ICASA: The force of billion-person markets
It was more than 15 years ago that Goldman Sachs economist Jim O’Neil popularized the term “BRIC” in reference to the growth prospects of Brazil, Russia, India, and China. Since then, Brazil and Russia have faltered, while other emerging markets have grown in importance. In India, China, and Africa, urbanization is empowering populations that exceed one billion people, while the countries of Southeast Asia comprise a market of more than half a billion. Together, these enormous “ICASA” markets hold the potential for significant continued expansion.

Where Will Future Global Growth Come From?
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They also pose some of the biggest risks to global growth. In India, challenges include transitioning to more sustainable urbanization; substantially increasing women’s participation in the general economy; and fully exploiting the country’s technical brainpower to move up the value chain. China’s growth rate, meanwhile, has begun to slow, and the aging demographics are causing worries about future productivity.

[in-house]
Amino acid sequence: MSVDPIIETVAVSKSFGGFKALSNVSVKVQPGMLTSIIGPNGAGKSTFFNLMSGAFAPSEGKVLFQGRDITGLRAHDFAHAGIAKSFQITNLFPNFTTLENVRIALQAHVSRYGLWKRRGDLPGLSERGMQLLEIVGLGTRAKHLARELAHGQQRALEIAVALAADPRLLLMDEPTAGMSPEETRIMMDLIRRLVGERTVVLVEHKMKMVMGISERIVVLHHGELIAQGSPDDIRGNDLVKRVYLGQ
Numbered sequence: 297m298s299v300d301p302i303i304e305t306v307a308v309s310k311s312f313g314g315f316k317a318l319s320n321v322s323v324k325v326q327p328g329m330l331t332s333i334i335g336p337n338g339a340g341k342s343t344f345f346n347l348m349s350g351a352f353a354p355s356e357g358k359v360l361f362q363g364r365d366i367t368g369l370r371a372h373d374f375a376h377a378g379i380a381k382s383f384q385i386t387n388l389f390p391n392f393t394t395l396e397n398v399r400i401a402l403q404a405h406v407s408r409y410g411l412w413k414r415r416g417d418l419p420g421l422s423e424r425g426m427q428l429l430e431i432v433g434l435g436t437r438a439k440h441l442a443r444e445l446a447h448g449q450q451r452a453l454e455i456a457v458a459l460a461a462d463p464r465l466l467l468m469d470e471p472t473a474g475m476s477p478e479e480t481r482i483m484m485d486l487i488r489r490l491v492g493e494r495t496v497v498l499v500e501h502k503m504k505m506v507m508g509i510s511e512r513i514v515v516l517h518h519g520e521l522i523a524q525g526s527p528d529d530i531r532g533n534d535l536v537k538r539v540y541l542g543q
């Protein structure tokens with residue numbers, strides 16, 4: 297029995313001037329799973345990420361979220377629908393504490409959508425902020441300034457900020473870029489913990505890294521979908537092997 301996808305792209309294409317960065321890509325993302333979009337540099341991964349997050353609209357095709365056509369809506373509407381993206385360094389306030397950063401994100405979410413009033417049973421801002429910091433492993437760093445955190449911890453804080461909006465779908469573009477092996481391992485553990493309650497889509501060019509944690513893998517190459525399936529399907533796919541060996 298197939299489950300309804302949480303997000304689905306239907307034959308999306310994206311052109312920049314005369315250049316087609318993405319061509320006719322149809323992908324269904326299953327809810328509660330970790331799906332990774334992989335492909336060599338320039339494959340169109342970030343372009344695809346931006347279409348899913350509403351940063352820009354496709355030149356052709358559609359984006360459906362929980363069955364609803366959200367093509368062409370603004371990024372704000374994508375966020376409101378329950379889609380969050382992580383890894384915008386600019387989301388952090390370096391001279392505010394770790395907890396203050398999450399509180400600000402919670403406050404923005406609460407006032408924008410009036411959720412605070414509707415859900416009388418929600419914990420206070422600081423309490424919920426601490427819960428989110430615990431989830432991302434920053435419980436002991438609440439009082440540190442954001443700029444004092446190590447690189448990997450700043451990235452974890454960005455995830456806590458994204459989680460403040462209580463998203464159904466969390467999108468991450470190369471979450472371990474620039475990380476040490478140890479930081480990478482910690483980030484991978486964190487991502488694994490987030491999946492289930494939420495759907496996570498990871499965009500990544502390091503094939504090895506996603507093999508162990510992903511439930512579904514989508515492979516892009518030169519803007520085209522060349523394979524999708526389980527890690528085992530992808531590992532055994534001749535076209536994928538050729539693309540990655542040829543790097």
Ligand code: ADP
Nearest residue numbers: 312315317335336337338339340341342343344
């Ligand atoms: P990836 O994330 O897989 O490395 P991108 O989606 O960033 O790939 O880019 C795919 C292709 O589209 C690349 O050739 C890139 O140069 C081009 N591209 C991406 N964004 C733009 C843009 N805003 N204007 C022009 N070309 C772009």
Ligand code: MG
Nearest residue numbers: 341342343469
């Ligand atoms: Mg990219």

Africa, whose working-age population is projected to top that of China and India before 2040, has the most unfilled potential. It also faces the greatest challenges: mobilizing its domestic resources, aggressively diversifying individual state economies, increasing sustainable urbanization, accelerating cross-border infrastructure development, and deepening regional integration. Failing to achieve any one of these could stall growth. As for Southeast Asia, its impressive past growth has been driven by an expanding labor force and workers’ shift from agriculture to manufacturing, but the region needs to make substantial investment in infrastructure to support digitization and urbanization.

Economic power generates geopolitical power. The more these markets overcome their unique challenges, the more central their role will be on the global stage. But how these players assert that new power may not conform to approaches followed by western economies. Nevertheless, the opportunity remains enormous: We expect more than half of global growth over the next ten years to come from these geographies.